Psalm 55:17 says, “Morning, noon, and night I cry out in my distress, and the LORD hears my voice.” And, 1 Thessalonians 5:17 reminds us to, “Never stop praying.” So, when I read comments after the Texas Church tragedy that said, “Enough with the ‘thoughts and prayers already,’” and “prayers and thoughts don’t seem to be working,” it made me stop and think about how I would respond to someone who said, “They were praying when it happened. They don’t need our prayers.” Words such as these sound particularly irreverent for those of us who know that God wants our trust in the good times, and especially in the bad times. We know that when we, His children, are suffering in pain and grieving, God is weeping with us. He is not absent. He is faithful and is there with us because life matters to God, and senseless loss of life matters to God because He created that life.
It is true that we don’t always understand why things happen the way they do. But we know that the Lord is with us always and He wants us to lean in to Him and pray, especially in times of tragedy. Prayer is how we communicate with our God. Jesus Himself prayed to the Father as He was dying on the Cross, “Father, forgive them, for they do not know what they do.” Luke 23:34, “My God, my God, why have you forsaken me?” Matthew 27:46. When Jesus had received the sour wine, He said, “It is finished.” John 19:30, and finally, “Father, into your hands I commend my spirit.” Luke 23:46. In 1 Samuel 30, when David and his men returned from battle to find their city burned and their wives and children taken captive, ‘they raised their voices and wept until they had no more strength to weep’. And then, after his time of lamenting, David did not despair, but turned to God in prayer and worship and God strengthened him and comforted him.
Praying for help during painful times is very common in the Bible and is called, ‘lamentation.’ A prayer of lamentation expresses our confusion and suffering when we are faced with tragedies and death. To be sure, a prayer of lamentation is not a lack of faith, but an act of faith. When we turn to the Lord in times of chaos, we’re in pain, we can’t think clearly, we have doubts and we are angry. We are broken, but that prayer is the very first step of our recovery. John tells us in 1 John 5:14,” And this is the confidence that we have before Him: If we ask anything according to His will, He hears us”. There is so much we want to say to God at a time like this. For those who perished we pray that they find rest in the Hands of God, for the injured, healing, for the surviving family members and friend, comfort and strength, and for all of us who are praying we want Him to know how thankful we are that He is always with us, that He cares deeply and weeps with us over senseless tragedy. We also pray that He would pierce the darkness of those hearts that would repent and come to accept Christ. God is never the author of evil, and suffering never has the last word, God does.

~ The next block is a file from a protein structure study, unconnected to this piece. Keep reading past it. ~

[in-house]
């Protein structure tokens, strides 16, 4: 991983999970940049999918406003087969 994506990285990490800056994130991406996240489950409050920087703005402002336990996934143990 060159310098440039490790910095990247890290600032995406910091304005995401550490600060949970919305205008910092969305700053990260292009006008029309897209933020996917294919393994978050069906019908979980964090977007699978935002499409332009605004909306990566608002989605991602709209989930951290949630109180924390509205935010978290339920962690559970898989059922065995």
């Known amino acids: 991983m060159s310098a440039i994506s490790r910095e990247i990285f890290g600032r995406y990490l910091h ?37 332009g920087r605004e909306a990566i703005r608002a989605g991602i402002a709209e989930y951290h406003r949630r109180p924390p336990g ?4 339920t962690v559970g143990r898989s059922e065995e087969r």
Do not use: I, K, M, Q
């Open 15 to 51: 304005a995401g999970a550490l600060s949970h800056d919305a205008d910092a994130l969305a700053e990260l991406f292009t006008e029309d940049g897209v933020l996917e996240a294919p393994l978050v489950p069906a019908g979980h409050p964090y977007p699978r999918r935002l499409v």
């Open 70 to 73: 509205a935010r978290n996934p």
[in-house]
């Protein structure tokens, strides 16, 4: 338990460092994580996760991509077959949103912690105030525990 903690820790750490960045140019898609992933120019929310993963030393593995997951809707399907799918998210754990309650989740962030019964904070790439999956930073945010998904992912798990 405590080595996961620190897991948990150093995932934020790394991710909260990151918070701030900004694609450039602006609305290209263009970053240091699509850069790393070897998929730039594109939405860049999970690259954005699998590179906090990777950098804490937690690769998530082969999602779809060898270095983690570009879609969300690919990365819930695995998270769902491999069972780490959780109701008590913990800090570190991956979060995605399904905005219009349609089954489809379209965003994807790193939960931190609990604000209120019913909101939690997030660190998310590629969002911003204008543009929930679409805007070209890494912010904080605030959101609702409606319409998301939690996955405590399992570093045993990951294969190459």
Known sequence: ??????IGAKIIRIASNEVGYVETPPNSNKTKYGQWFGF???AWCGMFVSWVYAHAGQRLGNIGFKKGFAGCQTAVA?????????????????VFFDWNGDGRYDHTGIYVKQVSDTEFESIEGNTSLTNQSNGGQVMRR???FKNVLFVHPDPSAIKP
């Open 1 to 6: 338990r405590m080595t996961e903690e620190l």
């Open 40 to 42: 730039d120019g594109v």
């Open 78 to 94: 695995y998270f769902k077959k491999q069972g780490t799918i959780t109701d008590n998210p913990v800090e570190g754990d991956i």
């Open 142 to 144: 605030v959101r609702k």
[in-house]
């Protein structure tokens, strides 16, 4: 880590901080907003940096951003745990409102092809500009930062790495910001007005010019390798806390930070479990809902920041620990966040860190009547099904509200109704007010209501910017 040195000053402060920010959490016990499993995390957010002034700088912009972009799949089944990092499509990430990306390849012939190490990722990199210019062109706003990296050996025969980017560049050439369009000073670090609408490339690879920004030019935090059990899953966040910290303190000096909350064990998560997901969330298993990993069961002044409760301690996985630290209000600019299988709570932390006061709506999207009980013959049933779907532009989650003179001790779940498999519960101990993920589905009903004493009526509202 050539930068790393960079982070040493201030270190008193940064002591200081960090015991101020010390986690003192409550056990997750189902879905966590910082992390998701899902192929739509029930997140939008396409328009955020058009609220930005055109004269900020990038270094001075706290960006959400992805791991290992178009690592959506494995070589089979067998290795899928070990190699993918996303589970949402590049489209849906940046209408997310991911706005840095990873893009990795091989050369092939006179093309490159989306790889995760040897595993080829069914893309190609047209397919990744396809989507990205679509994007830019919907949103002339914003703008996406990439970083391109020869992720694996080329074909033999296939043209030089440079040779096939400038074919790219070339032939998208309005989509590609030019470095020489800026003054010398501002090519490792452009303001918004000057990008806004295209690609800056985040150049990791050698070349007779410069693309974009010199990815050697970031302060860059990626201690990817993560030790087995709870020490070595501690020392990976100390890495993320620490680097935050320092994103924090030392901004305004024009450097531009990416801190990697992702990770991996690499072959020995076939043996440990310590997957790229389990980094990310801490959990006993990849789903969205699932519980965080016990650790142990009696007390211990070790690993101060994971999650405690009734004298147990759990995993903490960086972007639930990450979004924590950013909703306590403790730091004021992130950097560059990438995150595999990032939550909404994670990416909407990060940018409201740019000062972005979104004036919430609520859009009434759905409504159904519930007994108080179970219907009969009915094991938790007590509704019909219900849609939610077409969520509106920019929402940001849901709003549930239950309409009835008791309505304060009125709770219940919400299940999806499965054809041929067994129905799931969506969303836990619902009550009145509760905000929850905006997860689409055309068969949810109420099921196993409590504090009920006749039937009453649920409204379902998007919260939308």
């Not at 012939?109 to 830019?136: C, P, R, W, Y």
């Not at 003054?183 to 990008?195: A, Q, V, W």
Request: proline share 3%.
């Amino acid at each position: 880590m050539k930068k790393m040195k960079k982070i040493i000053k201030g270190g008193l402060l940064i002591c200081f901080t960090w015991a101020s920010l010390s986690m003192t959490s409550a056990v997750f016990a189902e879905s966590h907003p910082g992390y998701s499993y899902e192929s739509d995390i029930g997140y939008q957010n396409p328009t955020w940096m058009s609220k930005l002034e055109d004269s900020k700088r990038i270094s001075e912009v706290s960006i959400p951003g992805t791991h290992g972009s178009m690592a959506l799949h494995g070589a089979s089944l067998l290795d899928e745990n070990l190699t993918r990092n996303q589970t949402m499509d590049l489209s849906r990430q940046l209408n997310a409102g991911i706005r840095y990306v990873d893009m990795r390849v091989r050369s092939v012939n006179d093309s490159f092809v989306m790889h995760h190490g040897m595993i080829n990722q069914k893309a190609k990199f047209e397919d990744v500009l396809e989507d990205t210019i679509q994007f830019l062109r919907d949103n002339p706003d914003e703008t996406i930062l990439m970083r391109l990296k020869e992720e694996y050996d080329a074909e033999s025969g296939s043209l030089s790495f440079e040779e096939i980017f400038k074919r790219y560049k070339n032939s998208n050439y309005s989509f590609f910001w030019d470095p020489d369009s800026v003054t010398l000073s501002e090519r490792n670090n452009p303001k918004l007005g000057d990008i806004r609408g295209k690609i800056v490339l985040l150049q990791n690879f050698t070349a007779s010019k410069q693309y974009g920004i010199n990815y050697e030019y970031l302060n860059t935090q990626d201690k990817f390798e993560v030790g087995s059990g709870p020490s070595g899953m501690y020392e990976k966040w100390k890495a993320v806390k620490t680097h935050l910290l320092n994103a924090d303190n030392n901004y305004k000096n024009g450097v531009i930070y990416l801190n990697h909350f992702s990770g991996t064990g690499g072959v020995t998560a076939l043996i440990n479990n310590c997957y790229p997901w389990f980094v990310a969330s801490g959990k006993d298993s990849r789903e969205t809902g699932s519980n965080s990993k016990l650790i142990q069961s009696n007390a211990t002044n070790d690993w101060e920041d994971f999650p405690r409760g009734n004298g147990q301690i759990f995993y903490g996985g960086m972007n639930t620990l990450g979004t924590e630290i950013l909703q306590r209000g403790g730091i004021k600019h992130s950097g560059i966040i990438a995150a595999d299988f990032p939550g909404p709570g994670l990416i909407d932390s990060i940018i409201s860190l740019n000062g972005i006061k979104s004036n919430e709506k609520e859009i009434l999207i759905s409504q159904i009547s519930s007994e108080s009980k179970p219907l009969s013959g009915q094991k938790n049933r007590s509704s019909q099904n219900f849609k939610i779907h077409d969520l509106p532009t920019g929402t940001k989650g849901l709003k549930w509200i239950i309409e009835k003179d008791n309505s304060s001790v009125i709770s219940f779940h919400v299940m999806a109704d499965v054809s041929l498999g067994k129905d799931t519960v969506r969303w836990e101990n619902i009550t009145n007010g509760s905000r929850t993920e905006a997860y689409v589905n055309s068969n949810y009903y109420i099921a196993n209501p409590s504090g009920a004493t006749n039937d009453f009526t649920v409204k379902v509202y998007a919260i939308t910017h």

In my own experience with tragedy, I know that if I had turned away from God in my grief that I would not have survived. God understood my suffering and waited with outstretched arms for me to turn to Him in my sorrow and pain. I know firsthand that through my own prayers and the prayers of the countless number of people who heard my story, that God took my worst suffering and in His time wove it for good into the fabric of my life. For that, I am truly grateful. I love the above verse from 1 John, because we don’t even need to wait for an answer to our prayer. Just knowing that our God is listening and hearing our every word brings us such great peace. So, let’s not be distracted by those who disagree with our praying. “Let us hold fast the profession of our faith without wavering; for God can be trusted to keep His promises.” Hebrews 10:23. To turn our face to God in the aftermath of tragedy is to turn our back on the power of evil, and to place our trust and hope in the One who can use even the greatest of tragedies for good.
Do not be anxious about anything, but in every situation, by prayer and petition, with thanksgiving, present your requests to God. And the peace of God, which transcends all understanding, will guard your hearts and your minds in Christ Jesus. Phil 4:6-7.
(photo of Christ in the Garden of Gethsemane by Heinrich Hoffman)